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American Forests Conservation Spotlight: Mt Adams in Washington
Posted on October 18, 2016

Gifford Pinchot National Forest is home to the famous Mt. St. Helens National Volcano Monument. Photo: W. Tipton via Flickr

As our 2016 American Forests conservation campaign comes to a close, we profile a powerful reforestation cause in the heavily burned areas our home state of Washington near Mt. Adams. Read more below.

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American Forests Conservation Spotlight: Montana’s Eureka Basin
Posted on September 20, 2016

The Beaverhead-Deerlodge National Forest covers 3.36 million acres and is the largest of the National Forests in Montana. Photo: Forest Service Northern Region via Flickr

As our 2016 partnership continues with American Forests, we profile another worthy project, this time from the Greater Yellowstone Ecosystem in the Beaverhead-Deerlodge National Forest.

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Seth Waterfall Gallery from Climbing Mt. Elbrus in Russia
Posted on August 21, 2016

We were treated to relatively clear skies and a beautiful sunrise.

This past June Seth Waterfall made his third guiding trip to Russia to climb Mt. Elbrus. It’s an endlessly fascinating country to anyone who was raised during the Cold War and the climb is a little different than some of the other uphill walks that Seth has taken around the globe from Denali and Kilimanjaro to Everest. One of our all-time favorite guides checked in with us and gave us a glimpse into what was a mountain once shrouded behind the Iron Curtain.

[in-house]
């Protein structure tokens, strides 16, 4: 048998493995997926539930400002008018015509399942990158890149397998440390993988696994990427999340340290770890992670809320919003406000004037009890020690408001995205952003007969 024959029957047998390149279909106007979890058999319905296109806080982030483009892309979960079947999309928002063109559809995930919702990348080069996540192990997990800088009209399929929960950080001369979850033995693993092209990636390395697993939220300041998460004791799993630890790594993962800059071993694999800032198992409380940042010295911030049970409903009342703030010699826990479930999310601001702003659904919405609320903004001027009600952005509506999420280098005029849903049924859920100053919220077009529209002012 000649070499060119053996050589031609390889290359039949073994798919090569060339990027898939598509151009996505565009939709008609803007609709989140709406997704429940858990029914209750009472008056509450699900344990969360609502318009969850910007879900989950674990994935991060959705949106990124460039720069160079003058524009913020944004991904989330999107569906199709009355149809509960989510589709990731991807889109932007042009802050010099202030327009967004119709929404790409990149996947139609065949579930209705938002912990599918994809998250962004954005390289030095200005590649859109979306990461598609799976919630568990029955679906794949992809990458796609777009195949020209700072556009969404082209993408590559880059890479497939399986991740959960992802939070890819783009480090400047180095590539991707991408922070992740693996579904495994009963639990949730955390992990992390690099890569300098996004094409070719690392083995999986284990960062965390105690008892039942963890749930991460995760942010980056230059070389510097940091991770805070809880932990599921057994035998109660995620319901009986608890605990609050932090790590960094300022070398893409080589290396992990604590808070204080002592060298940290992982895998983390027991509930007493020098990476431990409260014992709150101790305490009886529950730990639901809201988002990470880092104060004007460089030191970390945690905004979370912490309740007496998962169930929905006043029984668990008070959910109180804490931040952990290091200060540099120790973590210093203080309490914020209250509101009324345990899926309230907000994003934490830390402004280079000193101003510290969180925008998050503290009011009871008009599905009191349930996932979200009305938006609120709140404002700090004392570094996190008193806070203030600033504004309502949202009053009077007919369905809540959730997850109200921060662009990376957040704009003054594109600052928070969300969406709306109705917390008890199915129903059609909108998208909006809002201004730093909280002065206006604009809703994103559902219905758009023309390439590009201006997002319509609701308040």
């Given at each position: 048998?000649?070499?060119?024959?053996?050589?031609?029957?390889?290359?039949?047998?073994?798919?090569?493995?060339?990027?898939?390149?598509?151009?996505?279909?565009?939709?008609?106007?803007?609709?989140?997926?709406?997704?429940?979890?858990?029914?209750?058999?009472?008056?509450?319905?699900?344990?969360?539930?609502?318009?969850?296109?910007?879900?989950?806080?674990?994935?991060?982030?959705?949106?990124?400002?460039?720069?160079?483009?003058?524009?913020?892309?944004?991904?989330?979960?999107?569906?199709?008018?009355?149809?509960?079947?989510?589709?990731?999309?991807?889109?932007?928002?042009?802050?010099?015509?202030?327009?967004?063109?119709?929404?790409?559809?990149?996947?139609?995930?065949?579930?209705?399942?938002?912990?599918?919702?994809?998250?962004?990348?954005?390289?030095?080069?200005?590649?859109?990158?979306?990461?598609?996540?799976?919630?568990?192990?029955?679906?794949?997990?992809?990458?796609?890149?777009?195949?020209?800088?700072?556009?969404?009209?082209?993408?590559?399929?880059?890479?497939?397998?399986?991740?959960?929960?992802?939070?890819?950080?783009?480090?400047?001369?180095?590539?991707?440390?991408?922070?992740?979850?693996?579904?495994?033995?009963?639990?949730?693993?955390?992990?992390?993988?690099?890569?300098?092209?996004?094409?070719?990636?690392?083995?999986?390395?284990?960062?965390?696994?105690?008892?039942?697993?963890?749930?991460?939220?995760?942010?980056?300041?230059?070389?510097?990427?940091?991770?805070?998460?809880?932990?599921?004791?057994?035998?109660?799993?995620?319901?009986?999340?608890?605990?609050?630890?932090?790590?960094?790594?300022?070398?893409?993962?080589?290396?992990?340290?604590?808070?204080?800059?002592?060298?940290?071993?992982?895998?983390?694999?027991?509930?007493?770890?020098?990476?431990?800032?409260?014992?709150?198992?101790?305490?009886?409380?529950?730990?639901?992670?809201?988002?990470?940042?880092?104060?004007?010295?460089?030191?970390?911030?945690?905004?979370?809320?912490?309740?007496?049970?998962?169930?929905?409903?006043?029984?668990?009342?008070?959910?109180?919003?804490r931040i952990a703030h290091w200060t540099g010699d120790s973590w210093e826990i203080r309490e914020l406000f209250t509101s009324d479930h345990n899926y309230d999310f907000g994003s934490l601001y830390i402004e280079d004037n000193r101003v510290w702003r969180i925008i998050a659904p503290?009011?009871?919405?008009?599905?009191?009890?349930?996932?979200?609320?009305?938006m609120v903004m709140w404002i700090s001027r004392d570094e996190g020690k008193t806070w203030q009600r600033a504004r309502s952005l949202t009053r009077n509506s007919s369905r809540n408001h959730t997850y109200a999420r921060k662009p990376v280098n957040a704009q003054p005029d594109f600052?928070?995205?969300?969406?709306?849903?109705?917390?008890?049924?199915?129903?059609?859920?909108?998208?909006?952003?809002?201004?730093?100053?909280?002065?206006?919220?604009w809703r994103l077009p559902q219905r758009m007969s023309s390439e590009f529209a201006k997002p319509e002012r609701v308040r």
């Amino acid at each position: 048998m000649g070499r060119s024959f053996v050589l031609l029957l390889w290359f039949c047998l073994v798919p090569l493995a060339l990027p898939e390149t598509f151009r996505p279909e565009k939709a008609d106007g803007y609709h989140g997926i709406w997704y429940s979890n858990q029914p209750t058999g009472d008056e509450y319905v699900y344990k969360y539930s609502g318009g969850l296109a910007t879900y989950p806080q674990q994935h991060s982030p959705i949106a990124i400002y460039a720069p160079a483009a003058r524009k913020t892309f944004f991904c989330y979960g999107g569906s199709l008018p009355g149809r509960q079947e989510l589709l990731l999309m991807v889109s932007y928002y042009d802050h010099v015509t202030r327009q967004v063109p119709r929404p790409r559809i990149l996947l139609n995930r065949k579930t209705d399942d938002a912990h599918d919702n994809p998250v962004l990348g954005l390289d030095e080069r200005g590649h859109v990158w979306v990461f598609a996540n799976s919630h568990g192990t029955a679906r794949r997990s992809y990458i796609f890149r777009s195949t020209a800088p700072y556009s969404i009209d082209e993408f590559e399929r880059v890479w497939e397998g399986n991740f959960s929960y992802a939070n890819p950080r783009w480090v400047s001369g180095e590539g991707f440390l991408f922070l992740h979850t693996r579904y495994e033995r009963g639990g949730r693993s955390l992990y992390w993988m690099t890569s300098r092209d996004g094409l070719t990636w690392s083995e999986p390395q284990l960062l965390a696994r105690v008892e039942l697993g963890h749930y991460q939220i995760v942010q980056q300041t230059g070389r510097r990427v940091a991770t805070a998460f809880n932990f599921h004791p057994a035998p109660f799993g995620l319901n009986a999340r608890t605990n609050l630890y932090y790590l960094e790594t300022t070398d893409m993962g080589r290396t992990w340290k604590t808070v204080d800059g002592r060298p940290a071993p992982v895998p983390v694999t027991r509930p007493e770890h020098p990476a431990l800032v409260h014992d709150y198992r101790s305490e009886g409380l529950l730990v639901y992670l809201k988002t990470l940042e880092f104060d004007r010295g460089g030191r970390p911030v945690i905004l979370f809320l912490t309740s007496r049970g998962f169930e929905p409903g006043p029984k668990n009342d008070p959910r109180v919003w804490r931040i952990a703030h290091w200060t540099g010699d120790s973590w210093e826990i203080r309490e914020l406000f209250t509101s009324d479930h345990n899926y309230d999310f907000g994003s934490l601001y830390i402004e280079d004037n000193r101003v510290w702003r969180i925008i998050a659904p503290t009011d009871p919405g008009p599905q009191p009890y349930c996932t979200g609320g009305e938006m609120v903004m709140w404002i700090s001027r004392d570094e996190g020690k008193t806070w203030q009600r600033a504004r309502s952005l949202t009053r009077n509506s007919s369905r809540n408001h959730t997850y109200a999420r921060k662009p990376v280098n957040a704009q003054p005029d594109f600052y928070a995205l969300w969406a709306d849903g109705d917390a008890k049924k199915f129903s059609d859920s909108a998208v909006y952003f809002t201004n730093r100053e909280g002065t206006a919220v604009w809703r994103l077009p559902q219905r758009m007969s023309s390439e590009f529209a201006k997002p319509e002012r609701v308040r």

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Chris Coulter Ticks Lone Peak with His Utah Crew
Posted on August 12, 2016

The last light shines over the Salt Lake Valley.

Chris Coulter gets after it during snow season, migrating between Haines, Silverton, and Bariloche. But when the peaks melt out and he’s taking a break from guiding, Coulter likes to get up into the mountains with his local Utah crew. One of the places he gravitates to is Utah’s Lone Peak, which Coulter climbed with his crew again last summer. This is the report from the trip.

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Navigating the Wilderness as Refuge
Posted on August 4, 2016

The Northern Lights from the wilderness of Labrador during the Destination Torngat mission. Photo: Ben Marr

Wilderness, for all of us, is a refuge. In a world that constantly moves way too fast, it is the mountains, rivers and forests that provide us with the places we need to recharge. A slowly waking trout stream, a winding trail or a clean, undisturbed backcountry line—the moment we unplug and connect with those visceral experiences we find a consciousness of something very different from the swirl of the everyday. We don’t remember the meeting we had last Tuesday, but we live for the towering summit vista, the interaction in a foreign village or the weeklong trip immersed in the wilderness. We remember those moments like they were yesterday.

Words by Dan K, Images by Ben Marr and Lynsey Dyer